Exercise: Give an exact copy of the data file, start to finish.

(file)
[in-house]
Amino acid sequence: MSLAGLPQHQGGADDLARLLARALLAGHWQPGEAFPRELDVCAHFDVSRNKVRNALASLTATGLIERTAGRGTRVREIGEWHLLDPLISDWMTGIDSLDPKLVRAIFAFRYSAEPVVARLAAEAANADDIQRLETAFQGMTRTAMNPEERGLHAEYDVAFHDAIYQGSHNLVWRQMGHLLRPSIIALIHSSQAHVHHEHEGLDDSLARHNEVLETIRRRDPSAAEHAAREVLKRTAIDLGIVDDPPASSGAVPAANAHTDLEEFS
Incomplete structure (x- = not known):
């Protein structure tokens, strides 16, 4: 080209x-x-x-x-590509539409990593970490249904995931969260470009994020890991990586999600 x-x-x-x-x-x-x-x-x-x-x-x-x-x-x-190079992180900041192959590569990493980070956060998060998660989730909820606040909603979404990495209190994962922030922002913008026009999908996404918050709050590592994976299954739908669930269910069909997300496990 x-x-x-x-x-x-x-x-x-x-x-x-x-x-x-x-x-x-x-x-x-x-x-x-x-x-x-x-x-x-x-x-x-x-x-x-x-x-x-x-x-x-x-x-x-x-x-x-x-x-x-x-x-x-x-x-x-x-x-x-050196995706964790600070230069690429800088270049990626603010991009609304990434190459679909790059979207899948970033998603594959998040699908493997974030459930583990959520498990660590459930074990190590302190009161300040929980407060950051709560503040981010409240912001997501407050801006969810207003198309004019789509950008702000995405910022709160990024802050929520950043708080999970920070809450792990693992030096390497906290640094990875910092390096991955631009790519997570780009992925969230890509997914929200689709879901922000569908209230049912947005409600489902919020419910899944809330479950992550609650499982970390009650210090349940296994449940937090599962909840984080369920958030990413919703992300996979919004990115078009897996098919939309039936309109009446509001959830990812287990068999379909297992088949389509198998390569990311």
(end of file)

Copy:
[in-house]
Amino acid sequence: MSLAGLPQHQGGADDLARLLARALLAGHWQPGEAFPRELDVCAHFDVSRNKVRNALASLTATGLIERTAGRGTRVREIGEWHLLDPLISDWMTGIDSLDPKLVRAIFAFRYSAEPVVARLAAEAANADDIQRLETAFQGMTRTAMNPEERGLHAEYDVAFHDAIYQGSHNLVWRQMGHLLRPSIIALIHSSQAHVHHEHEGLDDSLARHNEVLETIRRRDPSAAEHAAREVLKRTAIDLGIVDDPPASSGAVPAANAHTDLEEFS
Incomplete structure (x- = not known):
């Protein structure tokens, strides 16, 4: 080209x-x-x-x-590509539409990593970490249904995931969260470009994020890991990586999600 x-x-x-x-x-x-x-x-x-x-x-x-x-x-x-190079992180900041192959590569990493980070956060998060998660989730909820606040909603979404990495209190994962922030922002913008026009999908996404918050709050590592994976299954739908669930269910069909997300496990 x-x-x-x-x-x-x-x-x-x-x-x-x-x-x-x-x-x-x-x-x-x-x-x-x-x-x-x-x-x-x-x-x-x-x-x-x-x-x-x-x-x-x-x-x-x-x-x-x-x-x-x-x-x-x-x-x-x-x-x-050196995706964790600070230069690429800088270049990626603010991009609304990434190459679909790059979207899948970033998603594959998040699908493997974030459930583990959520498990660590459930074990190590302190009161300040929980407060950051709560503040981010409240912001997501407050801006969810207003198309004019789509950008702000995405910022709160990024802050929520950043708080999970920070809450792990693992030096390497906290640094990875910092390096991955631009790519997570780009992925969230890509997914929200689709879901922000569908209230049912947005409600489902919020419910899944809330479950992550609650499982970390009650210090349940296994449940937090599962909840984080369920958030990413919703992300996979919004990115078009897996098919939309039936309109009446509001959830990812287990068999379909297992088949389509198998390569990311």